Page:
The prerequisite of this course is a 200-level course in World Politics.
This course explores issues in political, economic, and social development and underdevelopment in a range of countries in the third world. It aims to acquaint students with the major challenges faced by developing countries, and with attempts and strategies in national and international politics to address them. We study this field on a thematic basis (dealing with contemporary issues such as democratic change, inequality, rapid urbanization, cultural pluralism, ethnic conflict, and politics and religion) and in a comparative perspective. Our handbook analysis development challenges, a selection of articles will place these challenges in an international political perspective.
This course aims to,
1) Provide students an overview of theoretical and conceptual instruments to analyze issues of development and underdevelopment.
2) To acquaint students with general and specific problems of developing countries, and to show that development issues are central to some of the most important concerns in the world today.
3) To develop analytical and research skills by writing a research based paper on a subject related to the issues in this course.
Second Semester. Block 4.
Tuesday 9-11 and Friday 1400-16.00 ours.
Please see the LUC website: www.lucthehague.nl
Mode of instruction
Classes are primarily meant to explain and discuss the literature. Students are expected study the literature each week and prepare for class by thinking of questions, critiques, and points for discussion to be brought up.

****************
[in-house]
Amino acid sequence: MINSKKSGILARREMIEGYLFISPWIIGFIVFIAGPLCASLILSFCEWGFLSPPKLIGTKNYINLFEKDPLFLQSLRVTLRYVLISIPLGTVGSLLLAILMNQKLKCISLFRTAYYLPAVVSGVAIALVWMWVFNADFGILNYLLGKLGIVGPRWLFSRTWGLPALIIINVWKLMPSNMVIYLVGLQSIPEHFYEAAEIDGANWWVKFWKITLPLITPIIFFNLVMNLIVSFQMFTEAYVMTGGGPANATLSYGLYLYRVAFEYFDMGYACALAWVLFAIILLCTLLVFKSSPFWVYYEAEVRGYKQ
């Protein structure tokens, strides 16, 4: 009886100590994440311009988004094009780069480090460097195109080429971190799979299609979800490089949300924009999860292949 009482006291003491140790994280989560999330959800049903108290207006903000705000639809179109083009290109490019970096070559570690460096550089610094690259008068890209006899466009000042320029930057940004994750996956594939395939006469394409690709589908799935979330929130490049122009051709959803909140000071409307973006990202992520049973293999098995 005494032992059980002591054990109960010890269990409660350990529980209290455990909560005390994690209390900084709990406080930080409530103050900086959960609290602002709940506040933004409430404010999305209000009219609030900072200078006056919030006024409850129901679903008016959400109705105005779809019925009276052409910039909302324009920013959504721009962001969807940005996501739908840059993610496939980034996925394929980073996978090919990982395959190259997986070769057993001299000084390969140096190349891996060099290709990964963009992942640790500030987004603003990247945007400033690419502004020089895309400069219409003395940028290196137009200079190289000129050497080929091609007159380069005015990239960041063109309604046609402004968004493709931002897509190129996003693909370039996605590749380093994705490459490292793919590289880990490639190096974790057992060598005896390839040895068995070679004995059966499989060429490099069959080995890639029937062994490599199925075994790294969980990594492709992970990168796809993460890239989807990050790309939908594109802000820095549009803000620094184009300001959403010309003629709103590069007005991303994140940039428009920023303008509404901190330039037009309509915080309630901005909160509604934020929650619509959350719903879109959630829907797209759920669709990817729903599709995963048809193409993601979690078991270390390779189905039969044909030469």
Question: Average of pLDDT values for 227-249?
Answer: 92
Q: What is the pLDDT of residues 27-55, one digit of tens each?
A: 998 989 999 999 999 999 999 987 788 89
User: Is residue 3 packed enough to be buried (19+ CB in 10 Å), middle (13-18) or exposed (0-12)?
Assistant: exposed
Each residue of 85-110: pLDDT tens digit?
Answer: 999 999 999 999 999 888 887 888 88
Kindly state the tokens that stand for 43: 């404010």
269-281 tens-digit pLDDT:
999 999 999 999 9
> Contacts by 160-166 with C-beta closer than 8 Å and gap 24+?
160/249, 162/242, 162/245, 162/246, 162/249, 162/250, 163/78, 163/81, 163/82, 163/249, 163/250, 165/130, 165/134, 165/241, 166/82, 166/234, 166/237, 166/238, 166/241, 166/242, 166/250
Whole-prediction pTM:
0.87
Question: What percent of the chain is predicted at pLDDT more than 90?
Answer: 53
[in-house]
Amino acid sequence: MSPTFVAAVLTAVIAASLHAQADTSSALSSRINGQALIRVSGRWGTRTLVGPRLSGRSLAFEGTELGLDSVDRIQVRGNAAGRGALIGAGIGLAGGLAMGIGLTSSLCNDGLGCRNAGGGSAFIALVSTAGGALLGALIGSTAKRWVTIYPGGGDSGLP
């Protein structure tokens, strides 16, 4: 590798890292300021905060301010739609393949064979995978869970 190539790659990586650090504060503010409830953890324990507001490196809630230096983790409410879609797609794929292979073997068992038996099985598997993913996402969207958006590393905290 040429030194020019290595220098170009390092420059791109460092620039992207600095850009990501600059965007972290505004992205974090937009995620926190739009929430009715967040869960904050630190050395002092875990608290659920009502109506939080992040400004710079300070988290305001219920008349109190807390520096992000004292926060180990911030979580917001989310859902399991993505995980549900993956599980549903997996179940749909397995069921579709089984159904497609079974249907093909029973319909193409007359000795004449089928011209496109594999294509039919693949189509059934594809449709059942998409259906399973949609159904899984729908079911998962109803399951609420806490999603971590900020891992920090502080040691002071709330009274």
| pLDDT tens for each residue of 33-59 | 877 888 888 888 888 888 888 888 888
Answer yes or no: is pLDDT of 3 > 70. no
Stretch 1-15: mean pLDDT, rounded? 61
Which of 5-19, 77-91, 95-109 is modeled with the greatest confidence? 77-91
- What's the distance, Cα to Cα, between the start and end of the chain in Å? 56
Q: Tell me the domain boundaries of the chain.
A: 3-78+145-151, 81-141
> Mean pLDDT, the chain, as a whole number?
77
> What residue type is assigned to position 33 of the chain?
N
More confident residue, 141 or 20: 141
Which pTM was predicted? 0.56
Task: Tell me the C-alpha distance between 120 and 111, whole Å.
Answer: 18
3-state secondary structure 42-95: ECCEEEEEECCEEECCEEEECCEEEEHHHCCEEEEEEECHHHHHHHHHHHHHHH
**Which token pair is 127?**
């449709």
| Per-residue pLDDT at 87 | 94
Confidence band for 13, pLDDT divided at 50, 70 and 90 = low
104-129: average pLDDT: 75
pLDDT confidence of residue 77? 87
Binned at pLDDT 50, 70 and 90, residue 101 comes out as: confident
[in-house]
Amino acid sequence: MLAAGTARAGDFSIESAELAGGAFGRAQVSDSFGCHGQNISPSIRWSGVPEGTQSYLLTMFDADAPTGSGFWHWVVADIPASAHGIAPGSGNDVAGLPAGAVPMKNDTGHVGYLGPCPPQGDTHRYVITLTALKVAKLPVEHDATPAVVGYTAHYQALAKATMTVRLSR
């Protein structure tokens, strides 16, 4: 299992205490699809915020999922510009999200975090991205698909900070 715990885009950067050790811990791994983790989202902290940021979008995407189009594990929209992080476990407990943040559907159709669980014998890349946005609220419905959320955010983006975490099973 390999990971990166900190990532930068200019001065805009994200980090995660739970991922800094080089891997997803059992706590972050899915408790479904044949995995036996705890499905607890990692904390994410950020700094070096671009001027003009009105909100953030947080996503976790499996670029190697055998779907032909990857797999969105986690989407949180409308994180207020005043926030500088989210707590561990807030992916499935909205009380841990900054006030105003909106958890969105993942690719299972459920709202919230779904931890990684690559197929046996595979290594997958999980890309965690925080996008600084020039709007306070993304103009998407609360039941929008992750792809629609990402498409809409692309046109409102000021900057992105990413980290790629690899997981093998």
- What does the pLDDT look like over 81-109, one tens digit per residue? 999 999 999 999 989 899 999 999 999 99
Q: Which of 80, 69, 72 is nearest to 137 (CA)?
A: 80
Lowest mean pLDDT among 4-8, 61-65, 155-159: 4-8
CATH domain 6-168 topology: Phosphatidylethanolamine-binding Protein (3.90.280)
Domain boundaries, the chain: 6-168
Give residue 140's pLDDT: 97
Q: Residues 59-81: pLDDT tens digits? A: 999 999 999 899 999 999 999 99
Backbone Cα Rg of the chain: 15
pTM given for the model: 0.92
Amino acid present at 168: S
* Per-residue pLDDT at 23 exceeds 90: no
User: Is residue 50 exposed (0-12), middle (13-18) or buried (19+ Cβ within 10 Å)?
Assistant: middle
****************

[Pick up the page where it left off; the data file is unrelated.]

Work in the seminar is based on discussions of the literature and real world cases. Preparation is essential for participation in the class and for everyone’s learning experience. All the students need to read all texts in advance!
Moreover, students will be assigned presentations of part of the literature.
Each session will start with a 15-20 minutes presentation of an assigned text by the students, followed by a discussion chaired by the lecturer. Presentations are NOT intended to be summaries of the texts but critical analyses of the main argument. They should pick out the main themes, questions and arguments, and comment on how these relate to the topic of this course. A good presentation initiates discussion (preferably by presenting discussion issues).
Finally, students will (in the second half of the course) present and discuss their end-paper proposal in class.
- Interactive engagement with course material: assessed through In-class participation (20% of final grade): Ongoing Weeks 1 – 7
- Engagement with course readings: assessed through Presentations (20% of final grade): To be assigned
- Understanding of course content : assessed through oral presentation on paper proposal (20% of final grade): Week 6
- Expression of holistic understanding of the course: assessed through Final research essay (max. 3000 words; 40% of final grade): Week 8
This course will be supported by a BlackBoard site.
Handelman, Howard. 2011 (2006). The Challenge of Third world Development (Sixth Edition). Boston: Pearson Education Ltd
Reader with selected articles to be made available in hard copy.
This course is only open for LUC The Hague students.
Dr. Frank de Zwart
Department of Political Science, Faculty of Social Sciences, Leiden University, Leiden. E-mail: firstname.lastname@example.org
Dr. Frank de Zwart – Faculty of Social Sciences, Leiden University
Week 1: Understanding underdevelopment
Week 2: Democratic Change/ Religion and Politics
Week 3: Pluralism and Ethnic Conflict/The Dilemma of Recognition
Week 4: Weak States/Strong Societies
Week 5: International Organizations and Politics
Week 6: Urbanization and the Politics of Rural Change/ presentation paper- proposal
Week 7: Main themes and questions.